Sandy Dunkin New York

Right now I imagine a former home of mine is receiving a lot of rain, lightning, and high winds. Many former homes have been part of those circumstances.

I was born during a typhoon in the Philippines. This may be why I don’t really freak out during big rains. My birth versus the storm: I won, but I’ve also always made sure never to get too cocky. Don’t stand in an open field under lightning clouds. Don’t play in puddles and get ringworm.

I lived in Guam. Seems if you live in the Pacific Ocean, you have to expect the whole range of tropical weather. Which would include earthquakes. And if volcanoes were nearby, those, too.

I lived in Key West. Consistently warm weather often compelled my brother and me to stay inside with the air conditioning. But I played a lot outside, too. But I mostly blame Key West for making me break my brother’s arm.

I lived in Jacksonville. Hurricanes mostly miss Jacksonville. The city often catches the fringes of the swirlstorms, and it receives a lot of rain, but Jax has had its share of lucky breaks when hurricanes decide to turn northward toward the Carolinas. And that’s not so lucky for the Carolinas.

I lived in New York City. That damn town greeted me with a blizzard, and it rained when I left it nearly 7 years later. That place brought out my allergies and gave me a true glimpse of depression. Rain, snow, strikes, sweltering and stifling heat. I miss that place.

I live in Utah. The sun is out, I can see the mountains that still hang on to the turned leaves. I walked two blocks through wet and heavy snow the other day, and I felt nostalgic. Today, nary a trace of that white stuff. But the mountains cling to that, too.

New York, I know you’re prepared. Candles, flashlights, water, food, batteries. Board games, radio. Dance parties. Storytime. Quality time. Run to the Hills. Or Washington Heights. I’ll be praying for you.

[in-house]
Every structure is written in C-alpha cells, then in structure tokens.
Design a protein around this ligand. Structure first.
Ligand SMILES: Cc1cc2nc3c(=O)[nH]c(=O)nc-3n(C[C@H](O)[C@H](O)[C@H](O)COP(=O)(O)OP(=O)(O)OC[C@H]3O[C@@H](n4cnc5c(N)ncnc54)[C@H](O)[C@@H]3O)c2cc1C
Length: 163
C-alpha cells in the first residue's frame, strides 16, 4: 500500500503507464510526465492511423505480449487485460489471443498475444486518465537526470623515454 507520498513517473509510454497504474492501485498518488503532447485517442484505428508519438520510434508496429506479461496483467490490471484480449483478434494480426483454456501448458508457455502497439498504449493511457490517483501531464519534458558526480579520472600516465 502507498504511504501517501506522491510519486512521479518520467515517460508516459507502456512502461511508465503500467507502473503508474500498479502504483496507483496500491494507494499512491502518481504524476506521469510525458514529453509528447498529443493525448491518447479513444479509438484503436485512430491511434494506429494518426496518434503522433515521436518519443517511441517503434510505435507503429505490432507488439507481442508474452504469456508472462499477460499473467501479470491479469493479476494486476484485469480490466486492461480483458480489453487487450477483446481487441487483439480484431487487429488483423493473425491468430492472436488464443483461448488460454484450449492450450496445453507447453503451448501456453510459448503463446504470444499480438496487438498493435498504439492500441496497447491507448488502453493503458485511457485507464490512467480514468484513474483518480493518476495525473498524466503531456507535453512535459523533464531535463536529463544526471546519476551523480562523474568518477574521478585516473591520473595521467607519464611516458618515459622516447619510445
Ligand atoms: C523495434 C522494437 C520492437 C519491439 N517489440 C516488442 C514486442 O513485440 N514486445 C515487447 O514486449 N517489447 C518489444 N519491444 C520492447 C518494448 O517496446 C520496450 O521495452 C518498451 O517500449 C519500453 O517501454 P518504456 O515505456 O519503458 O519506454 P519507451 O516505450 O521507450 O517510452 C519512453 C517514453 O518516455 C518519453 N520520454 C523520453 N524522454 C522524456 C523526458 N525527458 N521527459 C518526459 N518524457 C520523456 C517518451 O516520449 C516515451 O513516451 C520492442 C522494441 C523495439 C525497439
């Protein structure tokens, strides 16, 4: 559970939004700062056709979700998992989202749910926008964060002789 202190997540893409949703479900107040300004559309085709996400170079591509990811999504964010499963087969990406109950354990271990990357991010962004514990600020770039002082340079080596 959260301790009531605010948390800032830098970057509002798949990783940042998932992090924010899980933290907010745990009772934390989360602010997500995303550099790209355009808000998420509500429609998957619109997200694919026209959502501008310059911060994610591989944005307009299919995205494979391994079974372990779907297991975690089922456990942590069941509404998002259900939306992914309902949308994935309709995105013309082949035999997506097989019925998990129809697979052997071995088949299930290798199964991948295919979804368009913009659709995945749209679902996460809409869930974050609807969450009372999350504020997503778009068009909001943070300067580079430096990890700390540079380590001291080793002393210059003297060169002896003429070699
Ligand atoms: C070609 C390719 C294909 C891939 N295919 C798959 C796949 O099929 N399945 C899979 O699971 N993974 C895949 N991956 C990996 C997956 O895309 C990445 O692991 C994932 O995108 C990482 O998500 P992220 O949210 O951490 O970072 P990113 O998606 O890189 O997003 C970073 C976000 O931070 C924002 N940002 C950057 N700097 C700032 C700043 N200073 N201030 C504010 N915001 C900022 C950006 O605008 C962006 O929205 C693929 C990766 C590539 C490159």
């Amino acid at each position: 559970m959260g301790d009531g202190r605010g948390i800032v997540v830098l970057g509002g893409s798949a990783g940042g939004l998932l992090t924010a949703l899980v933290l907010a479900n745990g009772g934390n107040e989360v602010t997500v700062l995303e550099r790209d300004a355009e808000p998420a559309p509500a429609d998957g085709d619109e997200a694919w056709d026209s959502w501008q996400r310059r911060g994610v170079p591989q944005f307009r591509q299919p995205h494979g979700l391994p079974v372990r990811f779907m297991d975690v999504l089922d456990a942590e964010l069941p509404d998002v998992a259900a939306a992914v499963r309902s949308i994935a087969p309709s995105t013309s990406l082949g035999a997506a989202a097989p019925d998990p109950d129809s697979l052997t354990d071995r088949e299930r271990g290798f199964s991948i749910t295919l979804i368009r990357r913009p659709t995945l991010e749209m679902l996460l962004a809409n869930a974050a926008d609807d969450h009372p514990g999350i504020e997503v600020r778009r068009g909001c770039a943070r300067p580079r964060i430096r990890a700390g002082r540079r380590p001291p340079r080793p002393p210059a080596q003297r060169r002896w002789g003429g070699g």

It’s General Conference Weekend, and This Doesn’t “Feel” Contrary …

Life coasts along, life dazzles, life punches squarely in the stomach. What else should we really expect?

I know I keep saying I’ll post actual updates.

A lot is going on,

and I’ve found time to blog about it before, but

Yeah. No legitimate excuse.

Classes, really quick:

My religion class and I sometimes butt heads. But it’s been good for me.

History and Criticism of Rhetoric is fun. We’ve talked about Legally Blonde and My Cousin Vinny, and we’ve done homework based on Sunset Blvd and Law & Order. And this weekend we’re analyzing oratory style of any talk at General Conference, according to Saint Augustine.

Introduction to French Literary Analysis is a lot of fun. I may have to dedicate a post just to how much I love French poetry. Because, SERIOUSLY.

Early American Auto/Biography blows me away. I’m reading excellent things by fascinating people, and I wish we could read more women. But if it’s any consolation to myself, reading what I have so far — Benjamin Franklin, PT Barnum, Ralph Waldo Emerson — makes me feel pretty outstanding. I have stories about this class, too.

My poetry writing class. Oh, my heart. I’m cultivating this profound appreciation and there’s only 11 students in the class, and the instructor is adorable and instructive and encouraging. She stood briefly on a soapbox the other day about how a lot of television these days is produced at a 5th-grade level and that Americans don’t know how to think anymore. I felt so much pride then. And, then it’s crazy how we workshop each other’s poems and how I’ve just had to simply get over or ignore being scared of sharing what I know to be mostly subpar poetry with my genius classmates. I wish you could read my classmates’ poems, because WOW.

Aside from classes, there’s church and dating and work. Visiting friends and maintaining friendships because I love my friends so very much.

OH and applying to grad schools and talking to professors about all my options after graduation.

Which will be in April.

Holy crap.

But my original reason for posting right now is that I want to reblog some useful things I came across this past week. Just two things, one each from a Utah couple I’ve been following for the past five years. I’ve mentioned them before. Winter’s on its way. People get sad in conjunction with or separately from the approaching and increasing darkness. Also, although I’m decently insulated in Provo, I try to remain aware of what’s happening around me. Bad things happen all the time, regardless, and we have to deal.  While we’ll be receiving counsel and encouragement from Church leaders this weekend, I think a few other resources are okay, especially for those square punches in the stomach. Please reblog if you feel the need.

From Jon Armstrong:

Depression Hotline: 1-630-482-9696

Suicide Hotline: 1-800-784-8433

LifeLine: 1-800-273-8255

Trevor Project: 1-866-488-7386

Sexuality Support: 1-800-246-7743

Eating Disorders Hotline: 1-847-831-3438

Rape and Sexual Assault: 1-800-656-4673

Grief Support: 1-650-321-5272

Runaway: 1-800-843-5200, 1-800-843-5678, 1-800-621-4000

Exhale: After Abortion Hotline/Pro-Voice: 1-866-4394253